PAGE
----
I need to estimate a proportion based on independent measurements of the numerator and the denominator. Both the numerator and denominator are measured as counts.
I know from theory that the proportion must be less than one, but in practice the numerator can be higher than the denominator because both are estimates.
To make it concrete, these are cell counts in pre-treated vs post-treated biological samples. I can measure cells in independent before-treatment and after-treatment samples, but imperfectly, and I know the treatment leads to fewer cells. I want to estimate what proportion of cells survive the treatment (with an appropriate interval to reflect uncertainty).
How could I go about this? My initial thought is a Bayesian negative binomial model with a truncated prior on the treatment effect but it feels like there should be a simpler way!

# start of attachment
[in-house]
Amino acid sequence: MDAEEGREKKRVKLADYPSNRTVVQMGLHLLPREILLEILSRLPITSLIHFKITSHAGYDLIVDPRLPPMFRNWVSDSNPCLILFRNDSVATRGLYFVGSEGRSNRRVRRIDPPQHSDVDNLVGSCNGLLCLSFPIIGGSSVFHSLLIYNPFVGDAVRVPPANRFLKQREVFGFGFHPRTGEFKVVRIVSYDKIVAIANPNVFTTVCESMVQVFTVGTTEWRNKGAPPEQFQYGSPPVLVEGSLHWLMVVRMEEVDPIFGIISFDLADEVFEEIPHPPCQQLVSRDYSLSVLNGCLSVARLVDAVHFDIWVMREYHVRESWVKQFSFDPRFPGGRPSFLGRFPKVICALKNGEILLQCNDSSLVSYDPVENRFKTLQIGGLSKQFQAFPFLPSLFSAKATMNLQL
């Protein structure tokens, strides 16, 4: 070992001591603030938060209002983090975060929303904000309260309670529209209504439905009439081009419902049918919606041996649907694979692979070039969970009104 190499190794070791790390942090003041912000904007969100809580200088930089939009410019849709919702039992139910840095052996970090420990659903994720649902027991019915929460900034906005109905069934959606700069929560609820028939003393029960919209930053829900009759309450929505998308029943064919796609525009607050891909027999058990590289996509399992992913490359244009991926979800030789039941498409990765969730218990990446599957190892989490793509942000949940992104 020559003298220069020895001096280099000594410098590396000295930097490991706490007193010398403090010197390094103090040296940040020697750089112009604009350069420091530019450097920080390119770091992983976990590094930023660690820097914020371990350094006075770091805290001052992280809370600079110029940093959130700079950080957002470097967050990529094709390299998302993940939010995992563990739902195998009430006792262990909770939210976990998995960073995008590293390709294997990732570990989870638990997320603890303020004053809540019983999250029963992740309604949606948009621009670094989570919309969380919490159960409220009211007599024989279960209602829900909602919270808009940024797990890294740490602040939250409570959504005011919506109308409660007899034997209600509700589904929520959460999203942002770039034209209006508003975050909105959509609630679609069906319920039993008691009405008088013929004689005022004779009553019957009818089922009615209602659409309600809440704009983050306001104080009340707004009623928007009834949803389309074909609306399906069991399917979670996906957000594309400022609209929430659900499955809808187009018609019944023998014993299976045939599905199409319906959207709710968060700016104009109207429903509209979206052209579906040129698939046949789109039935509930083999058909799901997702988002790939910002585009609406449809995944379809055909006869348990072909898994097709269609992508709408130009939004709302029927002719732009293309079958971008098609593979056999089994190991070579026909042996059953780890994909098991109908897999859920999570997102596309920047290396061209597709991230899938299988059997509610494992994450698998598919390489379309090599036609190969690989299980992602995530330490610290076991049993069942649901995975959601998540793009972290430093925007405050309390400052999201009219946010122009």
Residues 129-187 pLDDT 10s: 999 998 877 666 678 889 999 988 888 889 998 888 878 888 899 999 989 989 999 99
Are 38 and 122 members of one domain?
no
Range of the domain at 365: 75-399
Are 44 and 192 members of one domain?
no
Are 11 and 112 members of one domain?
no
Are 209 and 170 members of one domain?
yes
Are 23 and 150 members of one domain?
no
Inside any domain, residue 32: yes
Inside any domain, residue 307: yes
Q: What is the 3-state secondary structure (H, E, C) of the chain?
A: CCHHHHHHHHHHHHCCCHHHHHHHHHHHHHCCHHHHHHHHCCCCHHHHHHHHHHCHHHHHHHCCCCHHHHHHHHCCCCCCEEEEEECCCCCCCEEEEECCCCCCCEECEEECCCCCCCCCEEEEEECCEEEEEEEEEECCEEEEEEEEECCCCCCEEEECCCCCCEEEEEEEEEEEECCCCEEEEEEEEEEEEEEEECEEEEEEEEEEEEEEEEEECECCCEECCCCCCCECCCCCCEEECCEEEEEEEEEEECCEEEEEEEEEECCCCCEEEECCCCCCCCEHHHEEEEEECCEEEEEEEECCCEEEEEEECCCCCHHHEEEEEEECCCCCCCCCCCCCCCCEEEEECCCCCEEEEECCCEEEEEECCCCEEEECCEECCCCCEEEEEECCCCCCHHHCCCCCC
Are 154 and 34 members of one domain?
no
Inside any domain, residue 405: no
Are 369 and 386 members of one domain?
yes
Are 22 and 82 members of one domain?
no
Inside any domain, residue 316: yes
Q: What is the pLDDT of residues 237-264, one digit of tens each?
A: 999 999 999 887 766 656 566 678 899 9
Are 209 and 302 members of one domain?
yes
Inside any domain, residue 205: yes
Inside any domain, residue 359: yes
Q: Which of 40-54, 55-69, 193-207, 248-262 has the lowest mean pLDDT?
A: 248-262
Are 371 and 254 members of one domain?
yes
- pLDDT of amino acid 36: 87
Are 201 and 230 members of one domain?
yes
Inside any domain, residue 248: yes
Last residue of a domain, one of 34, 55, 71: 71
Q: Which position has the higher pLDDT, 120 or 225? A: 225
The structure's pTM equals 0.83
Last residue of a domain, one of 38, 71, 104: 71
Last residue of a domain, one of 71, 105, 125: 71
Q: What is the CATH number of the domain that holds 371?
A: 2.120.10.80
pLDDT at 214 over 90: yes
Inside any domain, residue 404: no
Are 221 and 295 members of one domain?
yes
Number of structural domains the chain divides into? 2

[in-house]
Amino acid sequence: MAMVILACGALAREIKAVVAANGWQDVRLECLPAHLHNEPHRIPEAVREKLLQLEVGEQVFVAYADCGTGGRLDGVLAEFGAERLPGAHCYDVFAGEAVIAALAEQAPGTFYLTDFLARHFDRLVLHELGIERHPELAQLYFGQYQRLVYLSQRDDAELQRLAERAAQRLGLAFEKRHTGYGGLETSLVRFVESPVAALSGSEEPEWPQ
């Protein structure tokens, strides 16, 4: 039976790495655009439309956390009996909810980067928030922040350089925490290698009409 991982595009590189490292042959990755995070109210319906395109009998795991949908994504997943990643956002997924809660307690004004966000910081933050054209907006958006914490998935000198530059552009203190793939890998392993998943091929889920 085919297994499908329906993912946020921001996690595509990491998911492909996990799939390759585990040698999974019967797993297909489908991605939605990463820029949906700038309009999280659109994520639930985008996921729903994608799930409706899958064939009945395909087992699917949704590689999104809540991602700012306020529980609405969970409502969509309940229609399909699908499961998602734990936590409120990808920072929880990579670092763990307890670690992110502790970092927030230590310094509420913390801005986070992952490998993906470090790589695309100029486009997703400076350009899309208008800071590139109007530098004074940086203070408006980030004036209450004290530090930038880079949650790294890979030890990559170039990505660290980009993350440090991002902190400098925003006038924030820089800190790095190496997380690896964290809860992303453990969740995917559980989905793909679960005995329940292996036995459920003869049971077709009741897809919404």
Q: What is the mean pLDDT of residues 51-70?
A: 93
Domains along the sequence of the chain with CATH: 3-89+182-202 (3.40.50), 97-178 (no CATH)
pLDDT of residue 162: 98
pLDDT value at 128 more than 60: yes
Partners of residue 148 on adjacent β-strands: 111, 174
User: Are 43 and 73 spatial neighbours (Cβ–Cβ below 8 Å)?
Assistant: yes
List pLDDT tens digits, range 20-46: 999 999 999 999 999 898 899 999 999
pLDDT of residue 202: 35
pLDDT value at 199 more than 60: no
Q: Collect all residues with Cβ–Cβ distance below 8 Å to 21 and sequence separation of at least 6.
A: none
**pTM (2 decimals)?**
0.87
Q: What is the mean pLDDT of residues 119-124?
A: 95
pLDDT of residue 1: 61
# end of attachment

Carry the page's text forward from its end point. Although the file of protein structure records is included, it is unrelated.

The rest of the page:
Edit: An example as requested - usually the post-treatment counts are less than the pre-sample counts, eg 4 cells in 1ml of sample post-treated compare to 10 cells in 1ml pre-treated. In one or two cases I see, say 12 or 15 cells in 1ml treated sample compared to 10 in 1ml of pre-treated sample. (Cells do cluster so I'm not concerned that the treated numbers look high given the theory). I am comparing around 20 treatments to each control if that's useful information!